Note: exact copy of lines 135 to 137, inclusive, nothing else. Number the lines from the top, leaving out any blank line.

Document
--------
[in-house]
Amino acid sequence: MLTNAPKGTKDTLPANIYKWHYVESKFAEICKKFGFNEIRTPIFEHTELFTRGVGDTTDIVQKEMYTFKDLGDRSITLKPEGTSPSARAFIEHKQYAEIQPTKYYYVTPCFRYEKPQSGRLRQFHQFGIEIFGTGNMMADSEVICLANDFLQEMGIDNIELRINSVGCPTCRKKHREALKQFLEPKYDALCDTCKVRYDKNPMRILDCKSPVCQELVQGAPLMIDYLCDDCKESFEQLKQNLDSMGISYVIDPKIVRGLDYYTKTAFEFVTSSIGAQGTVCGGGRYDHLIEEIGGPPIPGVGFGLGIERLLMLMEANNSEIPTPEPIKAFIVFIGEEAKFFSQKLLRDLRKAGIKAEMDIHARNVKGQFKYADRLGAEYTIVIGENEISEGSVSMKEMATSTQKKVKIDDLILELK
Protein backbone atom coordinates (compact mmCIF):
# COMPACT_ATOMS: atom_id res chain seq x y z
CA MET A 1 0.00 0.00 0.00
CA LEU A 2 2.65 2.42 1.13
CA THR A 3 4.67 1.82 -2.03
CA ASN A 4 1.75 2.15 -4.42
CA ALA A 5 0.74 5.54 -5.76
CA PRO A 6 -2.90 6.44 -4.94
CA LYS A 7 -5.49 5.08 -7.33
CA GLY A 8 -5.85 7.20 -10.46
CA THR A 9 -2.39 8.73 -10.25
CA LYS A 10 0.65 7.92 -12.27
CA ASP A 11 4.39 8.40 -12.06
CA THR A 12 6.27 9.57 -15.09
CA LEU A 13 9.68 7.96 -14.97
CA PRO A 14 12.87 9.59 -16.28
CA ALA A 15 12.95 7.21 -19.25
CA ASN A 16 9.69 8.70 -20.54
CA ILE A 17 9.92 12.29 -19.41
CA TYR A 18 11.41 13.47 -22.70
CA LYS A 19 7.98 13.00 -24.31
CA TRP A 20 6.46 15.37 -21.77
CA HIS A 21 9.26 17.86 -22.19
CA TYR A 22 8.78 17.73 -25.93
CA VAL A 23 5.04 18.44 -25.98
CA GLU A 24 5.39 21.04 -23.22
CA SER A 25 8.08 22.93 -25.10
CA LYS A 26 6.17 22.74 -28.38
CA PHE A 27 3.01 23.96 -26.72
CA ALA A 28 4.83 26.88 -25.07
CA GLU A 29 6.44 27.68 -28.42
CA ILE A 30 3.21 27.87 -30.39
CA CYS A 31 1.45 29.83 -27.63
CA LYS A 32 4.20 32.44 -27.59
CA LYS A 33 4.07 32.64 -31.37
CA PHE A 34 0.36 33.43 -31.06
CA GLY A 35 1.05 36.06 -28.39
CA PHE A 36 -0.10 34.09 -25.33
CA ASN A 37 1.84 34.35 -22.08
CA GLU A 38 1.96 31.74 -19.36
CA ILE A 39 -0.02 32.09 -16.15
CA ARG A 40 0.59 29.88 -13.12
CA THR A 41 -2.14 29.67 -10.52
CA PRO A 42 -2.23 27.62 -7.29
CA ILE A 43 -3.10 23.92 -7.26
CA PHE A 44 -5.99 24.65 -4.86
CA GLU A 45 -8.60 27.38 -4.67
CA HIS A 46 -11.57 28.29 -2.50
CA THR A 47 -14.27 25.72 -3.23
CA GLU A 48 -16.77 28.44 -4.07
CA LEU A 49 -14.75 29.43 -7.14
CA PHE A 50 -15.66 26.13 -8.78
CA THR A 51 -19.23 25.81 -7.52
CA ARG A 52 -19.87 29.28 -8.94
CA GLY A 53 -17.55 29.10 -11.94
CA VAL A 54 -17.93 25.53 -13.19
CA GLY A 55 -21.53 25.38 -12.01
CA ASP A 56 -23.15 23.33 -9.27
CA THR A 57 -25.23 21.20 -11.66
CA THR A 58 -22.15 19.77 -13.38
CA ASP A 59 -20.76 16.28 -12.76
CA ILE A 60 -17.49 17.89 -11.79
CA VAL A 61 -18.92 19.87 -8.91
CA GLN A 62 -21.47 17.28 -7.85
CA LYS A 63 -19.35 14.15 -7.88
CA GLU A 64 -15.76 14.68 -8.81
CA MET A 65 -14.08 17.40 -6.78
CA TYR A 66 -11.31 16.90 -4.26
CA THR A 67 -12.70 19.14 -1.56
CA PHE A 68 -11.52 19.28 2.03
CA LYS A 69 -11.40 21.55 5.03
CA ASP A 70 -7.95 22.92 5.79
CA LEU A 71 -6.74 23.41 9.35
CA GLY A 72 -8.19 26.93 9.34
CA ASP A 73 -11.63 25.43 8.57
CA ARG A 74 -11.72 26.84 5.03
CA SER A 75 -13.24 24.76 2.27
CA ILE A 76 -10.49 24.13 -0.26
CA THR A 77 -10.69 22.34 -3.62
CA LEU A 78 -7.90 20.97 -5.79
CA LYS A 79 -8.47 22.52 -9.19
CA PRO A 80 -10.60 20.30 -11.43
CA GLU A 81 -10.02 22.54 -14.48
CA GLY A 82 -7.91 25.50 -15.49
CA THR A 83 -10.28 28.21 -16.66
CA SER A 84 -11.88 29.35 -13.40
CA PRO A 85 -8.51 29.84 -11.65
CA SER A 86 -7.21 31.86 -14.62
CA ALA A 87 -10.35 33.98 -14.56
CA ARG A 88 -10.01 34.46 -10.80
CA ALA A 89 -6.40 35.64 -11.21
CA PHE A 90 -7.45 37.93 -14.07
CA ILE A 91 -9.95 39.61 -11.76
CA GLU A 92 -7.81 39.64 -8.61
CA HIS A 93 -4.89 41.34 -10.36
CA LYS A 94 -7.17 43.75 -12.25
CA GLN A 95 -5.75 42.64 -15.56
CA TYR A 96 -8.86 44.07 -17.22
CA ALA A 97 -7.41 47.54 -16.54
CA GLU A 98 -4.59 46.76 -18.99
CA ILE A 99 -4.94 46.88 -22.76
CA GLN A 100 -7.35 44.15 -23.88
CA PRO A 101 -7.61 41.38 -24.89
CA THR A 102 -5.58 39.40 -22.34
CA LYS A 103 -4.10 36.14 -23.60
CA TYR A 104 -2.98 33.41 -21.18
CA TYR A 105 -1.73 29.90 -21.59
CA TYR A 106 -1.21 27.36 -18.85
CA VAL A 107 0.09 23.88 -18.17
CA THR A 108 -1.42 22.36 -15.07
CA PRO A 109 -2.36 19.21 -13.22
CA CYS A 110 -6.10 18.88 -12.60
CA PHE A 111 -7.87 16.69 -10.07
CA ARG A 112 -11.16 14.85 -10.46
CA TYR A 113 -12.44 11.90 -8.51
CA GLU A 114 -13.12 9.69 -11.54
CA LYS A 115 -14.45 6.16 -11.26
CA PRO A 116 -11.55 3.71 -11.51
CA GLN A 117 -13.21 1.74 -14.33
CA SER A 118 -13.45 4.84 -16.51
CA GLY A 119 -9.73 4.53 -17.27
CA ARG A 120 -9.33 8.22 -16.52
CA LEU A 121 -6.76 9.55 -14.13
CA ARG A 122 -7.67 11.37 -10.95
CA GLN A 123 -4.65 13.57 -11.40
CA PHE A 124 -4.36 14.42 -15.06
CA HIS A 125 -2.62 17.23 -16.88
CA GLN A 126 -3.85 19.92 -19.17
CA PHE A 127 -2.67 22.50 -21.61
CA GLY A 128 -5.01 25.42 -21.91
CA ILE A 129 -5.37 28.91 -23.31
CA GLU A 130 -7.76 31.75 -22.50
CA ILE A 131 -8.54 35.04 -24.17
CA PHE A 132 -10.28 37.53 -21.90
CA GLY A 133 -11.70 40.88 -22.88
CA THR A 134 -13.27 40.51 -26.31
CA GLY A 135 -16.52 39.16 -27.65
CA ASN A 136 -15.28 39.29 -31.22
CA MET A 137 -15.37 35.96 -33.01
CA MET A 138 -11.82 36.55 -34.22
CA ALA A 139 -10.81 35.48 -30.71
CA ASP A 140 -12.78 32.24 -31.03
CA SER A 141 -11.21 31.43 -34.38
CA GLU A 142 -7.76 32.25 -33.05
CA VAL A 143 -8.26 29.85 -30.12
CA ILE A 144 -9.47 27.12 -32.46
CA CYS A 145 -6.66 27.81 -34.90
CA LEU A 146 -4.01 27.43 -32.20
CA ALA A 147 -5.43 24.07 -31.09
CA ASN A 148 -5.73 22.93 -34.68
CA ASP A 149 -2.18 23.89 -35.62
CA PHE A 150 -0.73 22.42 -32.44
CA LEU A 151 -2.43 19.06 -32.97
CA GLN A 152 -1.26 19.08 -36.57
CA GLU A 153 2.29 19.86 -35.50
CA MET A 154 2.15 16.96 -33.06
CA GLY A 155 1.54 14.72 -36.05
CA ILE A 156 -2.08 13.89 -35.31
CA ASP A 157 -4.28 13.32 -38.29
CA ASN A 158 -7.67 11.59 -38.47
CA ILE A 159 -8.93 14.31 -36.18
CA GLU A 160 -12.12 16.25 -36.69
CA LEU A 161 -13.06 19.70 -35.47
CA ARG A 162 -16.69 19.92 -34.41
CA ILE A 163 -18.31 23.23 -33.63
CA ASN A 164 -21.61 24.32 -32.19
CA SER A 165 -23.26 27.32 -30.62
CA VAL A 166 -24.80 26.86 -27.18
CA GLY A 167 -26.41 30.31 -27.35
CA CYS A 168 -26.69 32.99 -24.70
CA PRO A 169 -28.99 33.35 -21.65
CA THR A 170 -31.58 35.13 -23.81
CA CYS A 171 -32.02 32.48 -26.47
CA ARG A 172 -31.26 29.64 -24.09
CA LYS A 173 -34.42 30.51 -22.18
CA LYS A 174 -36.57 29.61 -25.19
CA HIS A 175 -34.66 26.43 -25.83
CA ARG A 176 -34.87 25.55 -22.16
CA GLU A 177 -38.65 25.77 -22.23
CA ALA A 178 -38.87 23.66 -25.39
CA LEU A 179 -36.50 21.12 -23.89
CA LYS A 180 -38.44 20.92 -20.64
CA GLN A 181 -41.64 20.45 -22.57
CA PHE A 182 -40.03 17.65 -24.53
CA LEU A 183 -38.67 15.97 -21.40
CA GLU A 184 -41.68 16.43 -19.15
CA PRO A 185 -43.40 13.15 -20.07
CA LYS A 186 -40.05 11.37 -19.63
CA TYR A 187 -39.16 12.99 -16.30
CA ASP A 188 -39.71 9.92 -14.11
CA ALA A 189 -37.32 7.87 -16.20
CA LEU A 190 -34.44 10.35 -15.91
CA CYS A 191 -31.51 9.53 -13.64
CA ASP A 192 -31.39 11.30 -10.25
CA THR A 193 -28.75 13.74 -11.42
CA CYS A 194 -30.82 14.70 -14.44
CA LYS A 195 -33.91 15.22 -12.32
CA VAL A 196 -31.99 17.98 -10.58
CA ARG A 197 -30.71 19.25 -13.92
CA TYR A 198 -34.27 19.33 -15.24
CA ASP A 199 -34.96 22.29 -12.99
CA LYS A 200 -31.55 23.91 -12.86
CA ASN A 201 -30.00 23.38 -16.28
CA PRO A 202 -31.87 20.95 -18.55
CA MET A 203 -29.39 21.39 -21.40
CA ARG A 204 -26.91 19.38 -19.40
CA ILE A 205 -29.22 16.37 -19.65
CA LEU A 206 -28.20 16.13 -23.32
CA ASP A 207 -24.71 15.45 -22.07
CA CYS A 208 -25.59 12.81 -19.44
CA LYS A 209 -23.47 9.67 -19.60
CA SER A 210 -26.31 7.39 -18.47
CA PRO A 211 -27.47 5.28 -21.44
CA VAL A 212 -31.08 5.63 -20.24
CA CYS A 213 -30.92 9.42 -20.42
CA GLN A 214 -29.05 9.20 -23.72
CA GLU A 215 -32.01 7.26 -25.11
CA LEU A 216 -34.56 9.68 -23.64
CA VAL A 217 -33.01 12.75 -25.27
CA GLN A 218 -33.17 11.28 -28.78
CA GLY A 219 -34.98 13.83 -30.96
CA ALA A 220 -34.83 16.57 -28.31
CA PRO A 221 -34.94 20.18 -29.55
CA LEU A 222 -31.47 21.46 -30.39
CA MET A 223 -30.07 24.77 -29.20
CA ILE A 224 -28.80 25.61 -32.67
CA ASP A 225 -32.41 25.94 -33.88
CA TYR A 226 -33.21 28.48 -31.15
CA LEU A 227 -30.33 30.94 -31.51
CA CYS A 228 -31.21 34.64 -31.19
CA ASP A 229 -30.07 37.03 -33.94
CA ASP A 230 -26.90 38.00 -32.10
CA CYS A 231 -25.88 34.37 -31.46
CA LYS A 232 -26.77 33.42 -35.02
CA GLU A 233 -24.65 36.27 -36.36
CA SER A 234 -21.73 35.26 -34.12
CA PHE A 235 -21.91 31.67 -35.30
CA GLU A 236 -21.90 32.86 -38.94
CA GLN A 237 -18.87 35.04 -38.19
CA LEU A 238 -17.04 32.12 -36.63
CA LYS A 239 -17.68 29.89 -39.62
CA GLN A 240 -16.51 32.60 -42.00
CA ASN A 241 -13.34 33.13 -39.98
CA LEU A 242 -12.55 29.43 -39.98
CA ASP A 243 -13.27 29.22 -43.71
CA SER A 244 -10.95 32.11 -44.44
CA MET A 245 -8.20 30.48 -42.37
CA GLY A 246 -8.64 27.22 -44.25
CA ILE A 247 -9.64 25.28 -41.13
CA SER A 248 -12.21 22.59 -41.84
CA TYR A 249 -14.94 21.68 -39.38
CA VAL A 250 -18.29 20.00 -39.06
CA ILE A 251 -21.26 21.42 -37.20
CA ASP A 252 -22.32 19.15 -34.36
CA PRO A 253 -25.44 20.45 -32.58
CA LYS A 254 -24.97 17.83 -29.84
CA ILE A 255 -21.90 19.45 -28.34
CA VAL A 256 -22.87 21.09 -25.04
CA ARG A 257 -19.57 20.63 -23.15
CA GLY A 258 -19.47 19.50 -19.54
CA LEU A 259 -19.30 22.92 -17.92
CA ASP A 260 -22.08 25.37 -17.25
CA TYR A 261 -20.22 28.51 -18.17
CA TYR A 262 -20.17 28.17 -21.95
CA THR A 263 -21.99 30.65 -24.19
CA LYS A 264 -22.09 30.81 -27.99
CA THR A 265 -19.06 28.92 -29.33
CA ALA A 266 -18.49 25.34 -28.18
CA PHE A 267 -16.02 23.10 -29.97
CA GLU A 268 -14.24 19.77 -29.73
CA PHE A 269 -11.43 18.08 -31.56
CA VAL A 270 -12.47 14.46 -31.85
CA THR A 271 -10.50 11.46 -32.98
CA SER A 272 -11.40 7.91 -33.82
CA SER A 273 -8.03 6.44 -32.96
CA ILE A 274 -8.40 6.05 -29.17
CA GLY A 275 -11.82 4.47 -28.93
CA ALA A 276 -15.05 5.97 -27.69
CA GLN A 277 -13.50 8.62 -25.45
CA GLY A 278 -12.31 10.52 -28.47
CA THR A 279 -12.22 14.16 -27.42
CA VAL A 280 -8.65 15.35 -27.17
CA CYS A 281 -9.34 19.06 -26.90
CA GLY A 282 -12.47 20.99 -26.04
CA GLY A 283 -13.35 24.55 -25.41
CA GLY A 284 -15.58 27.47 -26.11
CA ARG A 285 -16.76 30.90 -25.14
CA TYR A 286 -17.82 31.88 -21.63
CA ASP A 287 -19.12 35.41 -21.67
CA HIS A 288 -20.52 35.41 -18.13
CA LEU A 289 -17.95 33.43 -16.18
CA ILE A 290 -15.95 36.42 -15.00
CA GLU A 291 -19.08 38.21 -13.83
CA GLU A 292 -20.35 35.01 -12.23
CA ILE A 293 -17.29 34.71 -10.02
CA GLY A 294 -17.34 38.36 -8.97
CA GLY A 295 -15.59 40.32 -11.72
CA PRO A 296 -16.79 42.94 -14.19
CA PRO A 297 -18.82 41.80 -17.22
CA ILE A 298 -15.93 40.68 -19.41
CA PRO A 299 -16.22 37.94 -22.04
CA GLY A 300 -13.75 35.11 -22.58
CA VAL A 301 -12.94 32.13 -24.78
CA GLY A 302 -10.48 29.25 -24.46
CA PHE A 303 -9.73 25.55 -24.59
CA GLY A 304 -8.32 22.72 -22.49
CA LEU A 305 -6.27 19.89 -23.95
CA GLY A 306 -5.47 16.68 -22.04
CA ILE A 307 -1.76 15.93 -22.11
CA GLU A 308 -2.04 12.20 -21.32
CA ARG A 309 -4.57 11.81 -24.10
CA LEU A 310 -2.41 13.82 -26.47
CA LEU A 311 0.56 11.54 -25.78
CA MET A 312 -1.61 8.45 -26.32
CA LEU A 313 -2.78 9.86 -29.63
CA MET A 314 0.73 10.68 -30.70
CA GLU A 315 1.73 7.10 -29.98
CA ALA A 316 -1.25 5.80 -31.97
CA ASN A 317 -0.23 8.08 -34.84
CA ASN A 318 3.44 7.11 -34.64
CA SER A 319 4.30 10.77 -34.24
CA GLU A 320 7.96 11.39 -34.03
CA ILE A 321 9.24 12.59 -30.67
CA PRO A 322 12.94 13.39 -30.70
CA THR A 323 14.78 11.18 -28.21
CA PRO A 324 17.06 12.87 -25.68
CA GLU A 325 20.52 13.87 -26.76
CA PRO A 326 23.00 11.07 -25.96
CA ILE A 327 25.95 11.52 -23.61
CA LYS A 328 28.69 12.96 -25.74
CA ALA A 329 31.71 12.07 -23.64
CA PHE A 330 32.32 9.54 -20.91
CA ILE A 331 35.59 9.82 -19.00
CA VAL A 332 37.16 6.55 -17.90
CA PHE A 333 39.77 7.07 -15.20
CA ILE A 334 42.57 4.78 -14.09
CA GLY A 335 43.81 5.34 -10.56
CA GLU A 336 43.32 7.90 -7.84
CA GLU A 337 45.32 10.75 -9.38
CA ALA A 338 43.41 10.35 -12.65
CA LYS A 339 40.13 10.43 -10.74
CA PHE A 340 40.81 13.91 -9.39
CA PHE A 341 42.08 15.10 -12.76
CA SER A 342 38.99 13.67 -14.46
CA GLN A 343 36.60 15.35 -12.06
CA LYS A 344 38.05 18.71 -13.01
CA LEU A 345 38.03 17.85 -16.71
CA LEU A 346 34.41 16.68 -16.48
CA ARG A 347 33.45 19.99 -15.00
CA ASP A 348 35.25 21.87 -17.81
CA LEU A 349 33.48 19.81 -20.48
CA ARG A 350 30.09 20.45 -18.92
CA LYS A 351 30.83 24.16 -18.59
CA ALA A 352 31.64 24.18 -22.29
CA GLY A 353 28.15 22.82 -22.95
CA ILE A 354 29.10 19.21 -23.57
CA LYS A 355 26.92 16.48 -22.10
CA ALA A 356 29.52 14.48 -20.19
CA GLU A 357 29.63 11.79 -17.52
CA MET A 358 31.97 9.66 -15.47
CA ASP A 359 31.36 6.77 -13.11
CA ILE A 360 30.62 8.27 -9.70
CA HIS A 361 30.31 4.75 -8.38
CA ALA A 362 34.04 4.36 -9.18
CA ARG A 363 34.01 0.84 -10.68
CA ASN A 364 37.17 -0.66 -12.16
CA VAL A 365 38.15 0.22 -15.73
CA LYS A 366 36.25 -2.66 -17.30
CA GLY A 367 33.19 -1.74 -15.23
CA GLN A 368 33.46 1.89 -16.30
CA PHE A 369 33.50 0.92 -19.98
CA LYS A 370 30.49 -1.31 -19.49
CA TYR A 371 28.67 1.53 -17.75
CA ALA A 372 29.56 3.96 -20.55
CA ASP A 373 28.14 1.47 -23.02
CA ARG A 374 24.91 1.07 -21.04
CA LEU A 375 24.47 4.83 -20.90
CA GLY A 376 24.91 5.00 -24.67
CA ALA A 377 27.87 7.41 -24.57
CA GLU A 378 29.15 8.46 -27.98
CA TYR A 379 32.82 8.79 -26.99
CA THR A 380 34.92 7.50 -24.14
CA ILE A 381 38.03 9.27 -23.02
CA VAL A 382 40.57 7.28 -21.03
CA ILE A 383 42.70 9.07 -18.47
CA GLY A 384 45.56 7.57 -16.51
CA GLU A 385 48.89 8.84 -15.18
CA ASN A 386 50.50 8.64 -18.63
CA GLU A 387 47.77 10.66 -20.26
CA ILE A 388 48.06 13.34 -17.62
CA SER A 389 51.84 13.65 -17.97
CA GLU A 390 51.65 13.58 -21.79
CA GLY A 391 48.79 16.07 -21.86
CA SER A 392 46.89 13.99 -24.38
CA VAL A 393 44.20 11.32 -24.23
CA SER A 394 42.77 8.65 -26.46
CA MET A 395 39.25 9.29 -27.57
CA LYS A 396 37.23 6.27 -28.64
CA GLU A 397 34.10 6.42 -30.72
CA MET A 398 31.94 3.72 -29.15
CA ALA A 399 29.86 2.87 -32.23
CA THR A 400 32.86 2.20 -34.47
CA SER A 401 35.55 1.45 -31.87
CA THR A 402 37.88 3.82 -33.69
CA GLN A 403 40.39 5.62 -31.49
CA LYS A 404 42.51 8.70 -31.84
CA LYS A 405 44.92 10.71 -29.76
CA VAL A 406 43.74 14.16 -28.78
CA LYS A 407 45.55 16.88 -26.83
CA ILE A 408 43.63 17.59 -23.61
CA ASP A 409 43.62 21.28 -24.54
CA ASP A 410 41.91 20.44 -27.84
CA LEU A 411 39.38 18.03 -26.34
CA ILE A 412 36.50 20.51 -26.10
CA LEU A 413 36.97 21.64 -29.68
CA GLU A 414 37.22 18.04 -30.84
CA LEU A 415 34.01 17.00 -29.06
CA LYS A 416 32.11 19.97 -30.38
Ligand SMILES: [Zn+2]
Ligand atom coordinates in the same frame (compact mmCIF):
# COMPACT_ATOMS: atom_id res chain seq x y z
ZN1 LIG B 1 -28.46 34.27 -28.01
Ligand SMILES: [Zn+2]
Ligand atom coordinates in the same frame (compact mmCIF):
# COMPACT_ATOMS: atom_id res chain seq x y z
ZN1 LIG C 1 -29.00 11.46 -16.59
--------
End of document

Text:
CA ILE A 131 -8.54 35.04 -24.17
CA PHE A 132 -10.28 37.53 -21.90
CA GLY A 133 -11.70 40.88 -22.88